A HUMANISED BUTTERFLY NAMED LEDA MELANITIS. Marta de Menezes (PORTUGAL) and Yiannis Melanitis (GREECE). With the collaboration of Antonia Monteiro, Yale University (USA). A work of inserting a human gene (artists‘ Melanitis Yiannis) in a butterfly (species: Leda Melanitis, the Common Evening Brown of the Containing group: Melanitini, Linnaeus 1758 ). DESCRIPTION: One human gene, still to be identified during the research stage of the project, will be inserted into the butterfly genome. We are particularly interested in genes that encode for the eye. The human gene, obtained from Yiannis Melanitis genome, will be linked to a mCherry tag (named in science a reporter gene) in order to allow visual confirmation that the human gene was successfully introduced (as the reporter will provide red color in cells where the human gene is expressed). We are especially interested in following the expression of the human gene (and the reporter gene mCherry) in the eyes of the butterfly and its wing. Our aim is to create a hybrid organism with human genes that express human proteins on its wings. This Project will also be a good opportunity to further investigate if butterfly cells can recognize human proteins and respond to them . The collaborating scientists (Prof. Antonia Monteiro’s group at Yale) have experienced in the genetic manipulation of butterflies (see supporting information) and are interested in studying the outcome of this artistic project. In fact, co-option of the eye developmental gene regulatory network may have led to the appearance of novel functional traits on the wings of flies and butterflies. The first trait is a recently described wing organ in a species of extinct midge resembling the outer layers of the midge’s own compound eye. The second trait is red pigment patches on Heliconius butterfly wings connected to the expression of an eye selector gene, optix. It will therefore be challenging to find out whether introduction of a human gene related to eye development can lead to significant changes in butterflies eyes or wings. [For further information about the project, read the article titled "Physical Information Exhanges Between Organisms" here: http://melanitis.com/index.html ]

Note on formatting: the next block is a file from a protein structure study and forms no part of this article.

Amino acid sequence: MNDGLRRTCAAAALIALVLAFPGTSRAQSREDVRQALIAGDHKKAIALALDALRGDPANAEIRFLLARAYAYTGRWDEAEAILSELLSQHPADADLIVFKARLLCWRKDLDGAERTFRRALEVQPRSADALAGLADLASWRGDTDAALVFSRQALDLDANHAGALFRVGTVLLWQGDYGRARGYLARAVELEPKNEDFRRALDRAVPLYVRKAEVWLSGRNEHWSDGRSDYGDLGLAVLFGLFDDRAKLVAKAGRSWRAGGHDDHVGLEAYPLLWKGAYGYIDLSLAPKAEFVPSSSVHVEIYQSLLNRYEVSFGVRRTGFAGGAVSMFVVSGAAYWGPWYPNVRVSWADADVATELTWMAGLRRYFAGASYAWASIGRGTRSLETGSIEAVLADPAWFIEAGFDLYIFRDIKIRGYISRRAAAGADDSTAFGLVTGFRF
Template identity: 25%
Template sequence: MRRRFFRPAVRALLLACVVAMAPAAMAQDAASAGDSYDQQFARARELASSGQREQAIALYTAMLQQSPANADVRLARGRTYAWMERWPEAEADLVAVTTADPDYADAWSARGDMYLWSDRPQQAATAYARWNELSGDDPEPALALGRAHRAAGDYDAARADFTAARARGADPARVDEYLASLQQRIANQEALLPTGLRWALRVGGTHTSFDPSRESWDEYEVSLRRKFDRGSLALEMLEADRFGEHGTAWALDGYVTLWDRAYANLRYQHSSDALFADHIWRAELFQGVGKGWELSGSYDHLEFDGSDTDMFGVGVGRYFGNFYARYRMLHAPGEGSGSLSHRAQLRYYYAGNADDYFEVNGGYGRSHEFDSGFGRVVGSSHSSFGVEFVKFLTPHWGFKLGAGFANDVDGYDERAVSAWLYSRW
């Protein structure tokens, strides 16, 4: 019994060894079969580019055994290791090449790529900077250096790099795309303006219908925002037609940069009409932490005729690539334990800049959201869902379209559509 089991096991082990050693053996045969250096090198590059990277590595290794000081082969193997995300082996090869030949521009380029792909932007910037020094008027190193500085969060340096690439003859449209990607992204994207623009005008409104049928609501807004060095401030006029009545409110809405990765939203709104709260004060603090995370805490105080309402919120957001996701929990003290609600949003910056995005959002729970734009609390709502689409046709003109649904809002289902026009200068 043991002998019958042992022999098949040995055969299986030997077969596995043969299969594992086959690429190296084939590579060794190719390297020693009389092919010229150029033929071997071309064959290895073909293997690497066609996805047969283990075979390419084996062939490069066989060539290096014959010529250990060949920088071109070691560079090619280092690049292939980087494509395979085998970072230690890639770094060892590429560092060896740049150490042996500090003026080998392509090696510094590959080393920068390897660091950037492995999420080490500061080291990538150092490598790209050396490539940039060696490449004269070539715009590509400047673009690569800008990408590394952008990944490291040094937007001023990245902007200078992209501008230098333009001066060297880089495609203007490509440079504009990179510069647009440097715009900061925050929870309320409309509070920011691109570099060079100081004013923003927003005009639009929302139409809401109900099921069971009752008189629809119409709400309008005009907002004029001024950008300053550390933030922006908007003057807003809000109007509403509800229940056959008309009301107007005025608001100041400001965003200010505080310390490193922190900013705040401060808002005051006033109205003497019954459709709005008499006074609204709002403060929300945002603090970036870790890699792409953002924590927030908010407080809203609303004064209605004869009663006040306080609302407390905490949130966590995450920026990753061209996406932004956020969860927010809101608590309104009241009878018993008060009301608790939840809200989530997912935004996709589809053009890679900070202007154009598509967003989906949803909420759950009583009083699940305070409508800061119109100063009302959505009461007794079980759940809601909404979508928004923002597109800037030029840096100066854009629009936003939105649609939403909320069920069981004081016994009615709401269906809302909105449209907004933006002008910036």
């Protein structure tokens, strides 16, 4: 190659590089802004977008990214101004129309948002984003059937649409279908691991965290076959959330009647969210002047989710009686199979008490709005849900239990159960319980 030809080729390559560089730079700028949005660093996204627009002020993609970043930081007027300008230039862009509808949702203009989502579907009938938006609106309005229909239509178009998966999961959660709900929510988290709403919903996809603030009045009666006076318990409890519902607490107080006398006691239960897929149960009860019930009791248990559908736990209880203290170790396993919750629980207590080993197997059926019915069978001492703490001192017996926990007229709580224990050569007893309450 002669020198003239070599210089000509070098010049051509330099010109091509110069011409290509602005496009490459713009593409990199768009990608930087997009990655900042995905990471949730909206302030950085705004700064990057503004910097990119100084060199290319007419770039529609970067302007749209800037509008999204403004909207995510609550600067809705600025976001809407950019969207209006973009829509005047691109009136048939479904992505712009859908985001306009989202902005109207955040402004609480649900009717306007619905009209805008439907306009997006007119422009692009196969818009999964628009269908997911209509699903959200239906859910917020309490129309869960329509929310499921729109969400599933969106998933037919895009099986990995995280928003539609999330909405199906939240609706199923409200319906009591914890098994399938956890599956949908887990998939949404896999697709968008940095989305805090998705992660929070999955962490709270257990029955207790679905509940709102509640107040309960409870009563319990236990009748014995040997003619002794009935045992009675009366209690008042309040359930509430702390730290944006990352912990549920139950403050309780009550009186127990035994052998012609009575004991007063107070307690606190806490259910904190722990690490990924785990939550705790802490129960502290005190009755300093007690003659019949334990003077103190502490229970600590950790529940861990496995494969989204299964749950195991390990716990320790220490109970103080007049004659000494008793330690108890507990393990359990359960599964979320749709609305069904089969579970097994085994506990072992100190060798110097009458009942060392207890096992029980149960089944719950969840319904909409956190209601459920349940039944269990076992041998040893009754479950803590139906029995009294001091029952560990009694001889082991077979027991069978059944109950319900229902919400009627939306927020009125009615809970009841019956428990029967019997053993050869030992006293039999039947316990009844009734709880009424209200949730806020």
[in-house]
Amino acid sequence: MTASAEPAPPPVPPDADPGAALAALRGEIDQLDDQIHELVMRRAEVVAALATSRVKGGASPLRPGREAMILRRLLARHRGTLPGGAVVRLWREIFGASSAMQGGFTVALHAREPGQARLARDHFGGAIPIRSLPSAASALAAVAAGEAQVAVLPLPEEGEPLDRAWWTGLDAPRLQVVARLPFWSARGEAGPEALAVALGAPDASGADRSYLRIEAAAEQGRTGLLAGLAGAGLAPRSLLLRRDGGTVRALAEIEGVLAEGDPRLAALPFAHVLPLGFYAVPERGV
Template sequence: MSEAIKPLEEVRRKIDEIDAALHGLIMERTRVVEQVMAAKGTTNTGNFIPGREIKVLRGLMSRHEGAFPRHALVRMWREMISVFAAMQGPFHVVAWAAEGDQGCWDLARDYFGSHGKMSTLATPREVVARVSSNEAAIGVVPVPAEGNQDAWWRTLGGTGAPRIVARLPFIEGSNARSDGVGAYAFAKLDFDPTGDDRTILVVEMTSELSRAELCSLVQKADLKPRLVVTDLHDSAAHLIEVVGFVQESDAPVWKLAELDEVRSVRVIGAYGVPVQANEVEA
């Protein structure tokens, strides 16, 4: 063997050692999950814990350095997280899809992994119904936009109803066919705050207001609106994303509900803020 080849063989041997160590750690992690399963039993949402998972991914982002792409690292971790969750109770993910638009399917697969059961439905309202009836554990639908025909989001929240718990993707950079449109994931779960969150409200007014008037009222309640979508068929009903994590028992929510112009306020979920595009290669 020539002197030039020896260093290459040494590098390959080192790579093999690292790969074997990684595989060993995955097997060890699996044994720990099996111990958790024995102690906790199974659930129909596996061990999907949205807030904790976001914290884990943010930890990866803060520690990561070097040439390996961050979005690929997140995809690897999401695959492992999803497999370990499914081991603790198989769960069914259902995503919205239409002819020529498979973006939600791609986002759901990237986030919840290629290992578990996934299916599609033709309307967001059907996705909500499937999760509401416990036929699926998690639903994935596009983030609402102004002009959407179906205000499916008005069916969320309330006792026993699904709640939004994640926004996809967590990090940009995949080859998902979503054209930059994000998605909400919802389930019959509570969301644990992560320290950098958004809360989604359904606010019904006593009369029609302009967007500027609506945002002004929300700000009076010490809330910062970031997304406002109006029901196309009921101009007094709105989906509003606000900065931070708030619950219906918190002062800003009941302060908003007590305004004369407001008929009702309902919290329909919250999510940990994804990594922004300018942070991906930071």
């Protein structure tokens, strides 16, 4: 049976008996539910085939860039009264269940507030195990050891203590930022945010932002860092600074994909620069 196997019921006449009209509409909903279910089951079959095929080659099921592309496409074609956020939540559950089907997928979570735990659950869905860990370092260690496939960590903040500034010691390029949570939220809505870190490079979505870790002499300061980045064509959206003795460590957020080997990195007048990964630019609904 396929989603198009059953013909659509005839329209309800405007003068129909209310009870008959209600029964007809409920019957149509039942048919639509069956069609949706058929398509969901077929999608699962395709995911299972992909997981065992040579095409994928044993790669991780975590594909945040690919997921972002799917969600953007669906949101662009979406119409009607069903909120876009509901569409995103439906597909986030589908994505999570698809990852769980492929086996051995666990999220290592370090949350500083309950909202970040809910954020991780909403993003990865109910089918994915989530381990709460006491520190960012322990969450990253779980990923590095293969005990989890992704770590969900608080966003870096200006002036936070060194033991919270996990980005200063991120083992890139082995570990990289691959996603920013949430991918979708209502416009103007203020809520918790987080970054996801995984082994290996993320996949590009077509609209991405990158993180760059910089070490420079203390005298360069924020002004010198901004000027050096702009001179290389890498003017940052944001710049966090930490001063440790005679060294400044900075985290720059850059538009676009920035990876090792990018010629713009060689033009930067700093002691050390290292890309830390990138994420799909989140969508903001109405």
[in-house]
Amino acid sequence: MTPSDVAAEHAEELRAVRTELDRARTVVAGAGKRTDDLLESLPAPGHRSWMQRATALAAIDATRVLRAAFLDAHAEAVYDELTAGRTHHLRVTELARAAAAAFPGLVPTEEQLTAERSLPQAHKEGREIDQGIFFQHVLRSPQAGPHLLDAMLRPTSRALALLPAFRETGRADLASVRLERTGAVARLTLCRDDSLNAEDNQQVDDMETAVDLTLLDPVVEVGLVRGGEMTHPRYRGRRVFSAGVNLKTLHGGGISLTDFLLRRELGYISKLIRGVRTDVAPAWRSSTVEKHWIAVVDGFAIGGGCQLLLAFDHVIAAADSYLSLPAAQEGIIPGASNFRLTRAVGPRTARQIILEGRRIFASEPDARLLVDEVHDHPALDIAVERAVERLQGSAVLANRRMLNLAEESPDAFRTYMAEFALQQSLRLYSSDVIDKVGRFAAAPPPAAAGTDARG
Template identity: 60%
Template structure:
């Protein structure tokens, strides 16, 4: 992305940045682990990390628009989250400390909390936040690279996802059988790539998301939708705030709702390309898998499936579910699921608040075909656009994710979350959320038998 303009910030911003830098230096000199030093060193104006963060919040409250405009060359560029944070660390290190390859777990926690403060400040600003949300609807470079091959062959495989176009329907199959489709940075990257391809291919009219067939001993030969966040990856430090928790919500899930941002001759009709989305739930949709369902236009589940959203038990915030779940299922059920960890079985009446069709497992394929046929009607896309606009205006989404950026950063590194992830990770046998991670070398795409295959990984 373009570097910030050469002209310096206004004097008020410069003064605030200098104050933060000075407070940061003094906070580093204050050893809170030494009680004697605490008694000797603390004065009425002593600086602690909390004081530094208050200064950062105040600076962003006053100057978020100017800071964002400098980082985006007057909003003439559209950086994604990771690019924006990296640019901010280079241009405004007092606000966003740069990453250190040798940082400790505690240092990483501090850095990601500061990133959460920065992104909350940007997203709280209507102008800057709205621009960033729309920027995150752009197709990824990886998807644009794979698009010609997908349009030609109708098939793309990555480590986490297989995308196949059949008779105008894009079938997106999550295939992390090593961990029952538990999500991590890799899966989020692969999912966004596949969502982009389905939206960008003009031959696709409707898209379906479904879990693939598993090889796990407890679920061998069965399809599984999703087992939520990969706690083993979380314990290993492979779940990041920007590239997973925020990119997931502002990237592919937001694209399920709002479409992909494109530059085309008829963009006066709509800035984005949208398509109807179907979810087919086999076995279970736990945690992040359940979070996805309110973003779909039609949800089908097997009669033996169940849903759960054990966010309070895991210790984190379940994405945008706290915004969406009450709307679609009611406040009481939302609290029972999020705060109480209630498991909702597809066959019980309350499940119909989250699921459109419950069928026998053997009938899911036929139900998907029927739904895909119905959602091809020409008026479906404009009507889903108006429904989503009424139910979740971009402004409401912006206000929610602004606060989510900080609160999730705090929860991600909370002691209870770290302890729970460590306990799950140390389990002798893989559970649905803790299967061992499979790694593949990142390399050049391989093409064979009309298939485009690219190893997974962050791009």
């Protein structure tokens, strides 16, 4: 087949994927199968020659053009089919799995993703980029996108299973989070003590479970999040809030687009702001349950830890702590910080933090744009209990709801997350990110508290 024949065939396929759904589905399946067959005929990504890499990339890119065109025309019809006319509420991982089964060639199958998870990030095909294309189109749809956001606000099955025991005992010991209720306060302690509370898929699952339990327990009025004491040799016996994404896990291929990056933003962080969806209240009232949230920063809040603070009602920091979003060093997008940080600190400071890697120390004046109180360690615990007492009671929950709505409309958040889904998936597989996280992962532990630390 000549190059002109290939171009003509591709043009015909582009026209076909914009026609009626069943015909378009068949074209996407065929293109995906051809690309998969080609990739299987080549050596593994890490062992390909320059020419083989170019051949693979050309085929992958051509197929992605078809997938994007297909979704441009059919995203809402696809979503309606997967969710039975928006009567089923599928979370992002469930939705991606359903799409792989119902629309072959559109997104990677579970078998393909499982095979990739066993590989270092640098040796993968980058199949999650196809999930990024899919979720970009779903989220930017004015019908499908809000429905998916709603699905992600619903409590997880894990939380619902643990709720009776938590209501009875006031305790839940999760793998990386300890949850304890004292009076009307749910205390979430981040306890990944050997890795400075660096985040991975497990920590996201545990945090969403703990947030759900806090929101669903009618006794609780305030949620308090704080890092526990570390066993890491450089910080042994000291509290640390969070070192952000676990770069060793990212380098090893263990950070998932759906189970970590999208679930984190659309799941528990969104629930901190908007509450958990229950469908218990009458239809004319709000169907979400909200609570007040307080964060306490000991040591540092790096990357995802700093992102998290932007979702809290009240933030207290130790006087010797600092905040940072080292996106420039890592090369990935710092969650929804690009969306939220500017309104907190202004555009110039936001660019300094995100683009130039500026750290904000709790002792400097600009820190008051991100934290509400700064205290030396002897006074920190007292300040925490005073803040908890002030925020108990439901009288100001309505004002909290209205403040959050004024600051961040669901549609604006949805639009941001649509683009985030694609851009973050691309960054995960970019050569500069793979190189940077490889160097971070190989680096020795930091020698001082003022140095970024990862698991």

TELEPAPHUS. A sculpture head with antenna on the forehead (in accordance to the antenna of the mutant fruitfly) entitled Telepaphus, a hypothetical new god, synthetic clay 2005. On the sculpture's basis, the epigraph with the DNA code of the Antennapedia gene. ©Yiannis Melanitis

Human Meat, signed on top, diameter 6.5, height 4 cm, 2011 ©Yiannis Melanitis

Barak Obama's Hair, signed on top, diameter 6.5, height 4 cm, 2012 ©Yiannis Melanitis

BIO-ROBOTIC SYMBIOSIS. An integrated environment for animal-machine co-existence Bio-robotic symbiosis features a hexapod robot, two laboratory mice and the audience. The robot and the mice co-exist in a transparent plexiglass stand that is accessible to the audience. A video camera is attached on the robot sending image data to an originally designed Java program running on a PC. The program analyzes the video input in order to generate random sound and issue motion commands to the robot. Concept: Melanitis Y./ Java Programming: Sgouros N./ Technical help: Prokopiou P., Kousidou S. ©Yiannis Melanitis

Yiannis Melanitis